Factors that affect ghrelin and leptin levels:

*MSG (monosodium glutamate) can decrease leptin levels (www.msgtruth.org).

*Omega-3 fats found in walnuts, grass-fed meat, wild-caught fish, and seeds (flax, chia, hemp) help balance leptin levels.

*Eating approximately every four hours can help keep ghrelin levels from getting too high so your appetite doesn’t get out of control.

*Eating high-fiber foods can reduce ghrelin by helping you feel full.

*Refined sugars and refined grains increase ghrelin levels.

*Eating too few calories can interfere with ghrelin and leptin levels, actually contributing to weight gain.

*Eating protein at every meal and snack can help lower ghrelin levels.

*Less than seven hours of sleep each night can result in higher ghrelin levels and lower leptin levels.

*Too much stress affects everything, including ghrelin and leptin levels!

My Eat to be Healthy online program is now available!  This is the basic nutrition program that I use with my clients to help them lay a foundation of healthy eating.  I’ve packaged all the PDFs together into a do-it-yourself program, making it extremely cost effective–only $39!

You get 20 PDF documents that you can download to your computer or other device:

Eat to be Healthy Guide to give you a recommended plan of action.

Why Diets Don’t Work

Goal Setting Worksheet

Connecting the Dots template to help you keep track of what you eat and how you feel, along with a link to the Bristol Stool Chart so you can make poop observations.😛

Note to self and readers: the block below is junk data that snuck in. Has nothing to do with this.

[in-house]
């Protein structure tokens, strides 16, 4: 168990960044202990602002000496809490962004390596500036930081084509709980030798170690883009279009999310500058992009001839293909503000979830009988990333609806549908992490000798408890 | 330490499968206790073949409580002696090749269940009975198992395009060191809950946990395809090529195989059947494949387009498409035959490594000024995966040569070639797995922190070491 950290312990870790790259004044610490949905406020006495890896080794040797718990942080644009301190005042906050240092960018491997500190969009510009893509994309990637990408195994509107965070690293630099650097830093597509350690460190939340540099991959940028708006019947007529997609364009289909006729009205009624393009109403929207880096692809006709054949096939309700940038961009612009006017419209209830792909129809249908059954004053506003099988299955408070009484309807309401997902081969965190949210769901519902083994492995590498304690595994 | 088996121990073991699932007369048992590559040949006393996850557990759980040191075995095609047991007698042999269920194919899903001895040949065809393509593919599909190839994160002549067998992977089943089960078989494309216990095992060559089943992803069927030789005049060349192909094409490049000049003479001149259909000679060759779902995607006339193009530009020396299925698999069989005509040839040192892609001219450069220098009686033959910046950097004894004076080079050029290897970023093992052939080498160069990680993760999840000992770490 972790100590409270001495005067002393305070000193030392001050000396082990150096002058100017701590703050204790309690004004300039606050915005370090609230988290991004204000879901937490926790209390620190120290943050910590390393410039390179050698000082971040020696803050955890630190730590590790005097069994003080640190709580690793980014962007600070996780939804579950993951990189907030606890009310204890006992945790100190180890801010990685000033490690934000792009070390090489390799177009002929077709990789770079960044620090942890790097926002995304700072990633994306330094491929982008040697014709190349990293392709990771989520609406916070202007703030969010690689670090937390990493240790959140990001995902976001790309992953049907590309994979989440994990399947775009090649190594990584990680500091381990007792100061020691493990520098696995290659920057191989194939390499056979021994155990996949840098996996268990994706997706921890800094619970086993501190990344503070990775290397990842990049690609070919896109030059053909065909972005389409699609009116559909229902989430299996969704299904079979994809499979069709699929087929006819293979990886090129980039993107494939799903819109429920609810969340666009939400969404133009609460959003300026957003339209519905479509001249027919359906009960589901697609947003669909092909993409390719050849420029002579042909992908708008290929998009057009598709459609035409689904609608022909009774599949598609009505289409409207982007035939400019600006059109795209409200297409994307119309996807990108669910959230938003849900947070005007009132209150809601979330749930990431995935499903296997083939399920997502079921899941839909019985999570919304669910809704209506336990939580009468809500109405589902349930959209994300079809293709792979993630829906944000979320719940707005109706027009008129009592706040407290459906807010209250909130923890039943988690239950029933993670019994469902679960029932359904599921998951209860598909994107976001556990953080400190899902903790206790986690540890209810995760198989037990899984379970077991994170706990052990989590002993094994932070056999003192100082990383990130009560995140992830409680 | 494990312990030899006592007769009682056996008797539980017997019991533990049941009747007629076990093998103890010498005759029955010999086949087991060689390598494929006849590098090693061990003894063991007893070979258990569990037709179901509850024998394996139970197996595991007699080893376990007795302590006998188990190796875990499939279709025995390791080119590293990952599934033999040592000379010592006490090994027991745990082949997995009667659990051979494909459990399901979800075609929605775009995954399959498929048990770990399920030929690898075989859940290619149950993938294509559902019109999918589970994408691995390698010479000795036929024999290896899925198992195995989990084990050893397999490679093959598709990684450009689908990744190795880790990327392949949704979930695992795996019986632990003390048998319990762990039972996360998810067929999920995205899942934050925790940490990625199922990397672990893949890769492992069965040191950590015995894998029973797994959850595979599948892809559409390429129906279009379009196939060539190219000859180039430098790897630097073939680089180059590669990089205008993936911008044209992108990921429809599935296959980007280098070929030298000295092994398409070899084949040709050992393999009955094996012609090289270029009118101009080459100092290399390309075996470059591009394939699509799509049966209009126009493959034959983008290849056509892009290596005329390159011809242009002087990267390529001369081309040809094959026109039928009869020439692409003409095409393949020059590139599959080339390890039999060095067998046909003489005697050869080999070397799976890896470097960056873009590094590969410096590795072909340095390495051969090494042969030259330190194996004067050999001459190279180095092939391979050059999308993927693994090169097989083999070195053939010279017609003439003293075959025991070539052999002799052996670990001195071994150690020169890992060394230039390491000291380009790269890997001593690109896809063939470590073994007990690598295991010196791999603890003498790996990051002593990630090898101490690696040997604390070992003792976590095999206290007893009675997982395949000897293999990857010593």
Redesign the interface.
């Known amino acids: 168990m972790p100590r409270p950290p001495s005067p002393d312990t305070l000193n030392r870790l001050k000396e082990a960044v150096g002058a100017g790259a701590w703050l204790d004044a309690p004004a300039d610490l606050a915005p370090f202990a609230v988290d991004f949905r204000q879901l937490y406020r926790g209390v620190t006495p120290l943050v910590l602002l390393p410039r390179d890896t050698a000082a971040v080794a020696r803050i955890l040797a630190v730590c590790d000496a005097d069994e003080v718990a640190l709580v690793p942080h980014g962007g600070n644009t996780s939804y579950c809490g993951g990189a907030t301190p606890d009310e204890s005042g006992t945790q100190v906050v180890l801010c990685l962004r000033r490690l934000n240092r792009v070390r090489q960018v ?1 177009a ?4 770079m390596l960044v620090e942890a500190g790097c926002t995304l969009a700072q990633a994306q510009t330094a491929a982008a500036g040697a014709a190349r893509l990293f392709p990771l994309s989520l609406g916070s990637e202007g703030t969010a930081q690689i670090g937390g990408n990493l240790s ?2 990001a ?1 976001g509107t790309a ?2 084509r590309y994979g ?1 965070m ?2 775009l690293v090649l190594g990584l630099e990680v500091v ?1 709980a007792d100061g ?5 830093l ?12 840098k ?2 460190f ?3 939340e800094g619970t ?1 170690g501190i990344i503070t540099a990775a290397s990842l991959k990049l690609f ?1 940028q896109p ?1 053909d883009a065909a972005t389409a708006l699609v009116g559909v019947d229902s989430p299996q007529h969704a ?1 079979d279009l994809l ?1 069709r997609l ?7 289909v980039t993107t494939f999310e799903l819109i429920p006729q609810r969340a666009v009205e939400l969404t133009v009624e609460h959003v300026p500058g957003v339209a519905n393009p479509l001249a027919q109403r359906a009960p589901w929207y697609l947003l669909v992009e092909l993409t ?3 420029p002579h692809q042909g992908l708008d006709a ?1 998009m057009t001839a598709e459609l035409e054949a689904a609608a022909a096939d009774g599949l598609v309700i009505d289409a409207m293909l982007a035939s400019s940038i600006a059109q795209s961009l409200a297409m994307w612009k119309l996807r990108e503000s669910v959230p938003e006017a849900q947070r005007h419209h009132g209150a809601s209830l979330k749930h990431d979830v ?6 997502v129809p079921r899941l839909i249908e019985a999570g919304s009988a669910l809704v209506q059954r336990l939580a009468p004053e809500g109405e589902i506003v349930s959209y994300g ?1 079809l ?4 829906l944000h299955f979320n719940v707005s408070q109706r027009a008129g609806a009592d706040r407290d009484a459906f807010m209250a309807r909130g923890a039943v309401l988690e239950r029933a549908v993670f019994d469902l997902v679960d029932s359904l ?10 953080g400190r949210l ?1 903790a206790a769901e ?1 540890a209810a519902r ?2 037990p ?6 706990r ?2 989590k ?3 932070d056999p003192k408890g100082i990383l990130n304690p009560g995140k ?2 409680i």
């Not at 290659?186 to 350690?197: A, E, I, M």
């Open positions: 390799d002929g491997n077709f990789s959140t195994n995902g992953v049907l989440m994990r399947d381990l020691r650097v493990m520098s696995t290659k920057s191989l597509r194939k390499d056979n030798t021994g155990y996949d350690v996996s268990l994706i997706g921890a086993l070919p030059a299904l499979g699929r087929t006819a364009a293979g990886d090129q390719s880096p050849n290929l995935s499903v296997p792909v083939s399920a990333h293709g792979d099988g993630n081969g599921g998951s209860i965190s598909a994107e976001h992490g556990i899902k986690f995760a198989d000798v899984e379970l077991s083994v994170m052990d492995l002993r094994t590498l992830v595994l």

The Healthy Plate Guide (ratio of protein, fat, starchy & non-starchy carbs)

The Healthy Plate Meal Planner Guide template (you can make copies)

and two weeks of Sample Meal Plan Menus

2017 Shopper’s Guide to Pesticides in Produce

Seven Tips for Adding Healthy, Whole Foods

20 Healthy Snack Ideas

Guide to a Rainbow of Nutrients

Mindful Eating Tips

Water Works

Factors Affecting Weight Loss

Label Reading Guidelines

Eating Out Tips

List of Healthy Lifestyle Habits (three pages of recommended habits to learn)

Resources (a list of books, websites, apps, and more to help you eat to be healthy)

Scripture for Memorization and Encouragement (God-power vs. willpower)

As a special bonus, when you purchase this program through the link in this blog, I’ll send you a PDF of my 16-page Learning to be Healthy Recipes.

Of course, you can email me with any questions you have about the program and receive additional support, encouragement, and accountability in the private Facebook group:  www.facebook.com/groups/learningtobehealthywithlisa.

Here’s the link to get your Eat to be Healthy online program:

https://www.paypal.com/cgi-bin/webscr?cmd=_s-xclick&hosted_button_id=U6KKG824BHUDJ

Keep learning to be healthy!

Lisa Hernandez, Certified Nutritionist & Health Coach

1 Corinthians 10:31–“Whatever you eat or drink, or whatever you do, do it all for God’s glory!”

www.learningtobehealthy.com

 

This information is for educational purposes only and is not intended to diagnose, treat, cure, or prevent disease.  It does not take the place of any medical care that you may need.  Consult your health care provider about making dietary and lifestyle changes that are right for you.

Is your meat glued together?

Have you ever found rib eye on the menu of a restaurant for an unusually low price that seemed too good to be true?  Could it be because it was made from scraps of meat served the day before that were formed together with “meat glue” to look like the perfect steak?